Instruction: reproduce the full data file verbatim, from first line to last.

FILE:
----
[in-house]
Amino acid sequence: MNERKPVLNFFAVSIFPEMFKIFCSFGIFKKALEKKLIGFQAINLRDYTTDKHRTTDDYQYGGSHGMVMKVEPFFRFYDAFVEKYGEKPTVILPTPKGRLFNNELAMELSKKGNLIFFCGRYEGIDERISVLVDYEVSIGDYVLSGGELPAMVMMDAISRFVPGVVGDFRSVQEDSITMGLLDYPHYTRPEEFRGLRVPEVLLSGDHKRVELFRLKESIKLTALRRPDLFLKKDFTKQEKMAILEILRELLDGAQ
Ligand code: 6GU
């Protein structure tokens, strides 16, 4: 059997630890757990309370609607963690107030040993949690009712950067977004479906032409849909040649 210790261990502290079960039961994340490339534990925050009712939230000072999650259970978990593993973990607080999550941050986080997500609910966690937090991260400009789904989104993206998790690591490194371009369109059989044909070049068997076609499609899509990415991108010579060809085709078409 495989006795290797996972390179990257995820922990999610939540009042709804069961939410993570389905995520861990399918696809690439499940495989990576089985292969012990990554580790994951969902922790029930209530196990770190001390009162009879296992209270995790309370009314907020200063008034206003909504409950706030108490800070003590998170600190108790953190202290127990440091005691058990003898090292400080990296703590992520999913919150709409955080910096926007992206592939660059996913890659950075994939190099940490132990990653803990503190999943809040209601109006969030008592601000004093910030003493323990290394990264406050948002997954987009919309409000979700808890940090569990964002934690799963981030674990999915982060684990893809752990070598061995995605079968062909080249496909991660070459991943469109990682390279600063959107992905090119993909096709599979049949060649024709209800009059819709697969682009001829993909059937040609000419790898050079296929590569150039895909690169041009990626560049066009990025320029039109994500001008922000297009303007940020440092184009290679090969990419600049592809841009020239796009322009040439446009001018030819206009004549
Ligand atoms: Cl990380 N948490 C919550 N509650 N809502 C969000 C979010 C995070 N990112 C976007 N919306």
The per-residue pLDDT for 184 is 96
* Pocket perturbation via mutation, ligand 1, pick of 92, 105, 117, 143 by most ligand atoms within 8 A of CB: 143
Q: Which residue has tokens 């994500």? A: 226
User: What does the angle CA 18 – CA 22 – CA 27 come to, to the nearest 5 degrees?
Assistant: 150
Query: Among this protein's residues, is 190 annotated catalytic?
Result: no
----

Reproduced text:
[in-house]
Amino acid sequence: MNERKPVLNFFAVSIFPEMFKIFCSFGIFKKALEKKLIGFQAINLRDYTTDKHRTTDDYQYGGSHGMVMKVEPFFRFYDAFVEKYGEKPTVILPTPKGRLFNNELAMELSKKGNLIFFCGRYEGIDERISVLVDYEVSIGDYVLSGGELPAMVMMDAISRFVPGVVGDFRSVQEDSITMGLLDYPHYTRPEEFRGLRVPEVLLSGDHKRVELFRLKESIKLTALRRPDLFLKKDFTKQEKMAILEILRELLDGAQ
Ligand code: 6GU
């Protein structure tokens, strides 16, 4: 059997630890757990309370609607963690107030040993949690009712950067977004479906032409849909040649 210790261990502290079960039961994340490339534990925050009712939230000072999650259970978990593993973990607080999550941050986080997500609910966690937090991260400009789904989104993206998790690591490194371009369109059989044909070049068997076609499609899509990415991108010579060809085709078409 495989006795290797996972390179990257995820922990999610939540009042709804069961939410993570389905995520861990399918696809690439499940495989990576089985292969012990990554580790994951969902922790029930209530196990770190001390009162009879296992209270995790309370009314907020200063008034206003909504409950706030108490800070003590998170600190108790953190202290127990440091005691058990003898090292400080990296703590992520999913919150709409955080910096926007992206592939660059996913890659950075994939190099940490132990990653803990503190999943809040209601109006969030008592601000004093910030003493323990290394990264406050948002997954987009919309409000979700808890940090569990964002934690799963981030674990999915982060684990893809752990070598061995995605079968062909080249496909991660070459991943469109990682390279600063959107992905090119993909096709599979049949060649024709209800009059819709697969682009001829993909059937040609000419790898050079296929590569150039895909690169041009990626560049066009990025320029039109994500001008922000297009303007940020440092184009290679090969990419600049592809841009020239796009322009040439446009001018030819206009004549
Ligand atoms: Cl990380 N948490 C919550 N509650 N809502 C969000 C979010 C995070 N990112 C976007 N919306």
The per-residue pLDDT for 184 is 96
* Pocket perturbation via mutation, ligand 1, pick of 92, 105, 117, 143 by most ligand atoms within 8 A of CB: 143
Q: Which residue has tokens 């994500």? A: 226
User: What does the angle CA 18 – CA 22 – CA 27 come to, to the nearest 5 degrees?
Assistant: 150
Query: Among this protein's residues, is 190 annotated catalytic?
Result: no